In the following figures we have illustrations of the peculiar class of primitive experiments that, after the lapse of ages, lead up to marvelous results, the highest of which may be found in the exquisite laces of cultured peoples. The Americans had only taken the first steps in this peculiar art, but the results are on this account of especial interest in the history of the art.

An example of simple reticulated hand weaving is shown in Fig. 308. It is the work of the mound builders and is taken from an impression upon an ancient piece of pottery obtained in Tennessee.

Fig. 308. Incipient stage of reticulated ornament

Fig. 308. Incipient stage of reticulated ornament. Fabric of the mound builders.ToList

Fig. 309 illustrates a bit of ancient Peruvian work executed on a frame or in a rude loom, a checker pattern being produced by arranging the warp and woof now close together and now wide apart.

Open work of this class is sometimes completed by after processes, certain threads or filaments being drawn out or introduced, by which means the figures are emphasized and varied.

In Fig. 310 we have a second Peruvian example in which the woof threads have been omitted for the space of an inch, and across this interval the loose warp has been plaited and drawn together, producing a lattice-like band.

Fig. 309. Simple form of ornamental reticulation

Fig. 309. Simple form of ornamental reticulation. Ancient Peruvian work.ToList

Fig. 310. Reticulated pattern in cotton cloth

Fig. 310. Reticulated pattern in cotton cloth. Work of the ancient Peruvians.ToList

In a similar way four other bands of narrow open work are introduced, two above and two below the wide band. These are produced by leaving the warp threads free for a short space and drawing alternate pairs across each other and fixing them so by means of a woof thread, as shown in the cut.

Examples of netting in which decorative features have been worked are found among the textile products of many American tribes and occur as well in several groups of ancient fabrics, but in most cases where designs of importance or complexity are desired parts are introduced to facilitate the work.

Superconstructive features.—These features, so important in the decoration of fabrics, are the result of devices by which a construction already capable of fulfilling the duties imposed by function has added to it parts intended to enhance beauty and which may or may not be of advantage to the fabric. They constitute one of the most widely used and effective resources of the textile decorator, and are added by sewing or stitching, inserting, drawing, cutting, applying, appending, &c. They add enormously to the capacity for producing relievo effects and make it possible even to render natural forms in the round. Notwithstanding this fact—the most important section of this class of features—embroidery is treated to better advantage under color phenomena, as color is very generally associated with the designs.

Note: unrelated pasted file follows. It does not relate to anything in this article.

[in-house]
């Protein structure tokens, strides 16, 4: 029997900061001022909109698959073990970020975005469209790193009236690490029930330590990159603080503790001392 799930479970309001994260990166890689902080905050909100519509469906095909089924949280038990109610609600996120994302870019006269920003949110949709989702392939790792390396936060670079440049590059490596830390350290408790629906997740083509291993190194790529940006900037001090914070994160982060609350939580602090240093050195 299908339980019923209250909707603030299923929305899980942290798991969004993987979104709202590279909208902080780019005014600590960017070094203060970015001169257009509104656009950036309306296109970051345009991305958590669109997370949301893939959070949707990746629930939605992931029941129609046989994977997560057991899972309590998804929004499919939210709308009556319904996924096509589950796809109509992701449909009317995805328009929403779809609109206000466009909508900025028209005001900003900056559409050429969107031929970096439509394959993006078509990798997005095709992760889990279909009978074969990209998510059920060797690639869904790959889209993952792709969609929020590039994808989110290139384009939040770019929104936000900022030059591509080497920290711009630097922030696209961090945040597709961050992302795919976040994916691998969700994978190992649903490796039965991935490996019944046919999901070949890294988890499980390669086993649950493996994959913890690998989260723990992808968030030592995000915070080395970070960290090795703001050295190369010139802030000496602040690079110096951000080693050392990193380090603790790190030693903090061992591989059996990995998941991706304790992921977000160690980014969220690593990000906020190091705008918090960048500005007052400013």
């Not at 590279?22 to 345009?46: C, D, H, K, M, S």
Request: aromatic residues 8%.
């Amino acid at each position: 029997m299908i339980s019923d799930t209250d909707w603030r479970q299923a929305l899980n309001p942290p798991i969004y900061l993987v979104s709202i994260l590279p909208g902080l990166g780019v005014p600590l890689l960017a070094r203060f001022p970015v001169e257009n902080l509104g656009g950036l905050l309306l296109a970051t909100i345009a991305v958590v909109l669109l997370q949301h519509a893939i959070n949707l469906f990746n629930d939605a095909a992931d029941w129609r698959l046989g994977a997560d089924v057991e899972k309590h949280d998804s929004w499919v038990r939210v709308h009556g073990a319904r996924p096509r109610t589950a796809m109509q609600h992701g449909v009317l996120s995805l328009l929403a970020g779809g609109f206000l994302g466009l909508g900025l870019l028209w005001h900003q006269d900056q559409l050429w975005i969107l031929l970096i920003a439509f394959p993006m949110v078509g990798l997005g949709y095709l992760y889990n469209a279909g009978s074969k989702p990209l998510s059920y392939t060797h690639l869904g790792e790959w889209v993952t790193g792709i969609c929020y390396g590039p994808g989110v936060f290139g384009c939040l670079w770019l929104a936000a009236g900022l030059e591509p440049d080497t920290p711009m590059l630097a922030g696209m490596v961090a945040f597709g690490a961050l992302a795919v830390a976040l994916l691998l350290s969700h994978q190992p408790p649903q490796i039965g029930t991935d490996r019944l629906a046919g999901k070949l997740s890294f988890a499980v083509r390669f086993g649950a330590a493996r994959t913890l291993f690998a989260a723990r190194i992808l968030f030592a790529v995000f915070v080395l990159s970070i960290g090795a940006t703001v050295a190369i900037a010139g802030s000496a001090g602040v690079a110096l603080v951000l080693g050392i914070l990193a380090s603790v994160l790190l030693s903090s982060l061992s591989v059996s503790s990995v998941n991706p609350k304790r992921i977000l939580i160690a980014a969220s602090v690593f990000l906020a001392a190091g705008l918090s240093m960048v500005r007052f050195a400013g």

Fig. 311. Open work design embroidered upon a net-like fabric

Fig. 311. Open work design embroidered upon a net-like fabric. From a grave at Ancon, Peru.ToList

One example of lace-like embroidery may be given in this place. It is probably among the best examples of monochrome embroidery America has produced. In design and in method of realization it is identical with the rich, colored embroideries of the ancient Peruvians, being worked upon a net foundation, as shown in Fig. 311. The broad band of figures employs bird forms in connection with running geometric designs, and still more highly conventional bird forms are seen in the narrow band.

Appended ornaments are not amenable to the geometric laws of fabrication to the extent observed in other classes of ornament. They are, however, attached in ways consistent with the textile system, and are counted and spaced with great care, producing designs of a more or less pronounced geometric character. The work is a kind of embroidery, the parts employed being of the nature of pendants.

These include numberless articles derived from nature and art. It will suffice to present a few examples already at hand.

Fig. 312. Basket with pendent buckskin strands tipped with bits of tin

Fig. 312. Basket with pendent buckskin strands tipped with bits of tin. Apache Indians—1/8.ToList

Fig. 312 illustrates a large, well made basket, the work of the Apache Indians. It serves to indicate the method of employing tassels and clustered pendants, which in this case consist of buckskin strings tipped with conical bits of tin. The checker pattern is in color.

Fig. 313. Basket with pendants of beads and bits of shell

Fig. 313. Basket with pendants of beads and bits of shell, work of the northwest coast Indians.—1/4.ToList

Fig. 313 illustrates the use of other varieties of pendants. A feather decked basket made by the northwest coast Indians is embellished with pendent ornaments consisting of strings of beads tipped with bits of bright shell. The importance of this class of work in higher forms of textiles may be illustrated by an example from Peru. It is probable that American art has produced few examples of tasseled work more wonderful than that of which a fragment is shown in Fig. 314. It is a fringed mantle, three feet in length and nearly the same in depth, obtained from an ancient tomb. The body is made up of separately woven bands, upon which disk-like and semilunar figures representing human faces are stitched, covering the surface in horizontal rows. To the center of these rosette-like parts clusters of tassels of varying sizes are attached. The fringe, which is twenty inches deep, is composed entirely of long strings of tassels, the larger tassels supporting clusters of smaller ones. There are upwards of three thousand tassels, the round heads of which are in many cases woven in colors, ridges, and nodes to represent the human features. The general color of the garment, which is of fine, silky wool, is a rich crimson. The illustration can convey only a hint of the complexity and beauty of the original.

Fig. 314. Tassel ornamentation from an ancient Peruvian mantle

Fig. 314. Tassel ornamentation from an ancient Peruvian mantle.ToList

We have now seen how varied and how striking are the surface characters of fabrics as expressed by the third dimension, by variation from a flat, featureless surface, and how all, essential and ornamental, are governed by the laws of geometric combination. We shall now see how these are related to color phenomena.